A soldier’s choice - Macleans.ca
A military courtroom is not much different than the civilian version, except for a few distinct touches. When the judge shows up, everyone salutes. When a jury is chosen, the panel has five members, not 12. And when a witness is summoned to testify, he

A military courtroom is not much different than the civilian version, except for a few distinct touches. When the judge shows up, everyone salutes. When a jury is chosen, the panel has five members, not 12. And when a witness is summoned to testify, he doesn’t walk to his seat. He marches.

In the courtroom where Capt. Robert Semrau is standing trial for murder, the witness box itself is also unique. Unlike on TV, where people answer questions in a chair directly beside the judge, the witness stand here is located just a few steps in front of the defence table. Intentional or not, the effect is dramatic: as each witness talks about Capt. Semrau, nobody is closer than Capt. Semrau.

Despite the intimate set-up, Cpl. Steven Fournier never locked eyes with his former commanding officer. Not once. Hour after hour, question after question, the prosecution’s star witness kept his gaze focused on the jury—the same jury that will decide whether his words are believable enough to send Semrau to prison. “I was just shocked,” Fournier said, recalling what he saw that day in Afghanistan. “None of it made sense.”

A military courtroom is not much different than the civilian version, except for a few distinct touches. When the judge shows up, everyone salutes. When a jury is chosen, the panel has five members, not 12. And when a witness is summoned to testify, he doesn’t walk to his seat. He marches.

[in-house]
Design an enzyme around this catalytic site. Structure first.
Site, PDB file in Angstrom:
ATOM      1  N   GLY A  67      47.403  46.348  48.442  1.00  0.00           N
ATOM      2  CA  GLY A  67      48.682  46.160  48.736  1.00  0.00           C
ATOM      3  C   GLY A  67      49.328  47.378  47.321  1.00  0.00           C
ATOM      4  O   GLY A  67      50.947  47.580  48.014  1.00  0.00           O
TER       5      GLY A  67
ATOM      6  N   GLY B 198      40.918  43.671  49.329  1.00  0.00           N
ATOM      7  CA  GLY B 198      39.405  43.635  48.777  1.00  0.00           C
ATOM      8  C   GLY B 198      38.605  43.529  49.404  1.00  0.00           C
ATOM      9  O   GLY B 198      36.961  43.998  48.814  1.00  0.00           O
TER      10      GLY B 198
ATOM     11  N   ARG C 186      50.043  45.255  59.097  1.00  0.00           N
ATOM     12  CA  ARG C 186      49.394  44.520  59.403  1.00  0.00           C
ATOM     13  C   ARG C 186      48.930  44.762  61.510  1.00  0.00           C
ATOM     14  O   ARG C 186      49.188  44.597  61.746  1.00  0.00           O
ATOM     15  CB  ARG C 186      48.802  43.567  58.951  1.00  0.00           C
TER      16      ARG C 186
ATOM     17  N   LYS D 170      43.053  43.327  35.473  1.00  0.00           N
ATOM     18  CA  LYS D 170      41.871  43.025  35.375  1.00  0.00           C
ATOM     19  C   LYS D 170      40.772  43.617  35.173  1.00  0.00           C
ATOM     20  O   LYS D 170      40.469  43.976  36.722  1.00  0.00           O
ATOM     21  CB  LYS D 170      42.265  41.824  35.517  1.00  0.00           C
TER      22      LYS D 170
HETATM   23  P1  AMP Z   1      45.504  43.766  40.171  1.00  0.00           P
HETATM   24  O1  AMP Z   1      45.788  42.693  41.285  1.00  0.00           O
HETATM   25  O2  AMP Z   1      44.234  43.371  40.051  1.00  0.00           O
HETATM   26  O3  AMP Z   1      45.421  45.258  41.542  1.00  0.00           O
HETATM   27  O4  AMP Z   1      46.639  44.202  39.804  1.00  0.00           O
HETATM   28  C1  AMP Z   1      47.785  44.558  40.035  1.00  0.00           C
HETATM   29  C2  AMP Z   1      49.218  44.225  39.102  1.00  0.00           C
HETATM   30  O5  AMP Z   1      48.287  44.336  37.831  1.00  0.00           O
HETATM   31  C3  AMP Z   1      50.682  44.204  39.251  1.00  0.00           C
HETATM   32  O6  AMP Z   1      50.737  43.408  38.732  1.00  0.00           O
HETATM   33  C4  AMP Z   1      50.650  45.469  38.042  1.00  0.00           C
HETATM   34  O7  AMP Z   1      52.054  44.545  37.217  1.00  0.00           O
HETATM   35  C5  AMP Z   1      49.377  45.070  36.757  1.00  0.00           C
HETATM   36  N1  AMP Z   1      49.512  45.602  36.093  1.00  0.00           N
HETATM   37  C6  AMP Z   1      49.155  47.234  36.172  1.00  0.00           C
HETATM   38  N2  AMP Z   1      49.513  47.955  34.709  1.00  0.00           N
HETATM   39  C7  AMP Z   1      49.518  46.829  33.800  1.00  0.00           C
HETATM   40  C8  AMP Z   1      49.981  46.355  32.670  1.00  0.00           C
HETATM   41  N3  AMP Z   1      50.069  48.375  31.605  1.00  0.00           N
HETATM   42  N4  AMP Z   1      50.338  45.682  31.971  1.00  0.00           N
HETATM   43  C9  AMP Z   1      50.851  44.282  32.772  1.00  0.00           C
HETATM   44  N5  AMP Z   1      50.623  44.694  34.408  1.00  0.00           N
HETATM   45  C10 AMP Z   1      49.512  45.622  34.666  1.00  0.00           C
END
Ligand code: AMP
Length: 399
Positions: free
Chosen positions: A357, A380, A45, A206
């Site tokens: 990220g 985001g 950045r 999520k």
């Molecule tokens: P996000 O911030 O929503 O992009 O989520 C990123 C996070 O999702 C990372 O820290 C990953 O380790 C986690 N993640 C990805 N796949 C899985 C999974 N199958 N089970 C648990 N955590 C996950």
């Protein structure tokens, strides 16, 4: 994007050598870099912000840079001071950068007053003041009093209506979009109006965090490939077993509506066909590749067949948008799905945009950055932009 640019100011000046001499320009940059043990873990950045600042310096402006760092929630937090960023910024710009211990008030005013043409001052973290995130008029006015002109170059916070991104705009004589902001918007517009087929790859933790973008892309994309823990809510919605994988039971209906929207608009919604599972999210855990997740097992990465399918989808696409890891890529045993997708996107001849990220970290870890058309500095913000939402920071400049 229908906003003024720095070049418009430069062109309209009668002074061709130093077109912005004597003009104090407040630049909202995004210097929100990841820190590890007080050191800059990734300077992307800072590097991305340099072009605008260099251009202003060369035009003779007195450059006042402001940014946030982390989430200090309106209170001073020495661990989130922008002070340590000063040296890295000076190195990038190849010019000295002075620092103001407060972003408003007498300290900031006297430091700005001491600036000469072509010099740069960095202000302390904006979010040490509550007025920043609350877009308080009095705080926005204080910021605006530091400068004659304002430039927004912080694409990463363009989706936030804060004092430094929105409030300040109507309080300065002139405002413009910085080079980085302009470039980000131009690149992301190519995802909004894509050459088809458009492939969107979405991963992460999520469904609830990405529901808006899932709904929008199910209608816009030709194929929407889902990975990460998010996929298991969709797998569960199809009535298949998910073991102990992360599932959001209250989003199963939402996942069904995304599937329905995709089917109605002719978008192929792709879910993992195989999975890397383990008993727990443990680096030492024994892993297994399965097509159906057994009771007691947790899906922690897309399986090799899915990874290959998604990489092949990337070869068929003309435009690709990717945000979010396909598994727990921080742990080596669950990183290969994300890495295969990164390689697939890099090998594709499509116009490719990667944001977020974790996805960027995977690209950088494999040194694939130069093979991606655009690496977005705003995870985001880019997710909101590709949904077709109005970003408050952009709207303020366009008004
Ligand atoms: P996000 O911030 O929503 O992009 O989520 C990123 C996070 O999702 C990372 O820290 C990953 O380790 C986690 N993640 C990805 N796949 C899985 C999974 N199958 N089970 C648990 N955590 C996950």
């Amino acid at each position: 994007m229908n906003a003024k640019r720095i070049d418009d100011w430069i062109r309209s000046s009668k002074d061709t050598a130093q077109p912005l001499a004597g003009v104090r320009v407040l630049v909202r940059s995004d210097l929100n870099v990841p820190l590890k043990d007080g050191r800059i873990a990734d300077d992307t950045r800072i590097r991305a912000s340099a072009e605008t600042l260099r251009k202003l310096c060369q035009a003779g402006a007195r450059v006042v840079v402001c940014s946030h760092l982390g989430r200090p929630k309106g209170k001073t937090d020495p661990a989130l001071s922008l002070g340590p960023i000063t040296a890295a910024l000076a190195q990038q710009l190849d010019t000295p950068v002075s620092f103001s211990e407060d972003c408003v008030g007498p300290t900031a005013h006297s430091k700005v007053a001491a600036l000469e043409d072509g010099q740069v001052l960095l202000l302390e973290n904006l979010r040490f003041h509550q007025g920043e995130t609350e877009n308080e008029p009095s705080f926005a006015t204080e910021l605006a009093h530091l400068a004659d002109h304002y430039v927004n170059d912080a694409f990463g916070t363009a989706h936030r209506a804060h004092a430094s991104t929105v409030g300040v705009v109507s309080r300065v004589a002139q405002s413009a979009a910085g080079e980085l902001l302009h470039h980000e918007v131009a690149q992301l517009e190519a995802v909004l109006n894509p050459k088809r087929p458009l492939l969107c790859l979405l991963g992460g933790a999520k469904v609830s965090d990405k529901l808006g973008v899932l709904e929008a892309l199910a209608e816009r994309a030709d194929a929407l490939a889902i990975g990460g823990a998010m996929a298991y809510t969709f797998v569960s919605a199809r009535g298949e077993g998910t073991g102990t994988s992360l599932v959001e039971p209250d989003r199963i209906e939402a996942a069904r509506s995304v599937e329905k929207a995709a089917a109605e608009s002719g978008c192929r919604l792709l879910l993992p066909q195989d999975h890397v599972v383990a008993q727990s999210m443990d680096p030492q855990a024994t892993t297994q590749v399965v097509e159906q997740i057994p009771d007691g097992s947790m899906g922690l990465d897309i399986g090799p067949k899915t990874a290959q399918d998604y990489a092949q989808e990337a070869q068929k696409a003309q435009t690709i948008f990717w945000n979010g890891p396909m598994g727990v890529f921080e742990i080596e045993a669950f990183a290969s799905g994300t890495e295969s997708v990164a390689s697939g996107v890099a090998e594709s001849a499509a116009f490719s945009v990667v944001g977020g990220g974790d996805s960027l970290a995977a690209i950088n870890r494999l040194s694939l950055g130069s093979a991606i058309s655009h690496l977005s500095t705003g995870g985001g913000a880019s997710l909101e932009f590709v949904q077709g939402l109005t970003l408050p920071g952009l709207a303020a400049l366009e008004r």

In the courtroom where Capt. Robert Semrau is standing trial for murder, the witness box itself is also unique. Unlike on TV, where people answer questions in a chair directly beside the judge, the witness stand here is located just a few steps in front of the defence table. Intentional or not, the effect is dramatic: as each witness talks about Capt. Semrau, nobody is closer than Capt. Semrau.

Despite the intimate set-up, Cpl. Steven Fournier never locked eyes with his former commanding officer. Not once. Hour after hour, question after question, the prosecution’s star witness kept his gaze focused on the jury—the same jury that will decide whether his words are believable enough to send Semrau to prison. “I was just shocked,” Fournier said, recalling what he saw that day in Afghanistan. “None of it made sense.”

Emerson Fox, a 18 year old boy who is living in the times of World War 2 when he unexpectedly gets enlisted. Read about how Emerson deals with the hardships of the war and how him and his friends look after each other through it all! Read Chapter

A military courtroom is not much different than the civilian version, except for a few distinct touches. When the judge shows up, everyone salutes. When a jury is chosen, the panel has five members, not 12. And when a witness is summoned to testify, he doesn’t walk to his seat. He marches.

In the courtroom where Capt. Robert Semrau is standing trial for murder, the witness box itself is also unique. Unlike on TV, where people answer questions in a chair directly beside the judge, the witness stand here is located just a few steps in front of the defence table. Intentional or not, the effect is dramatic: as each witness talks about Capt. Semrau, nobody is closer than Capt. Semrau.

Despite the intimate set-up, Cpl. Steven Fournier never locked eyes with his former commanding officer. Not once. Hour after hour, question after question, the prosecution’s star witness kept his gaze focused on the jury—the same jury that will decide whether his words are believable enough to send Semrau to prison. “I was just shocked,” Fournier said, recalling what he saw that day in Afghanistan. “None of it made sense.”

Emerson Fox, a 18 year old boy who is living in the times of World War 2 when he unexpectedly gets enlisted. Read about how Emerson deals with the hardships of the war and how him and his friends look after each other through it all! Read Chapter

Americans, indeed all free men, remember that in the final choice, a soldier’s pack is not so heavy a burden as a prisoner’s chain.

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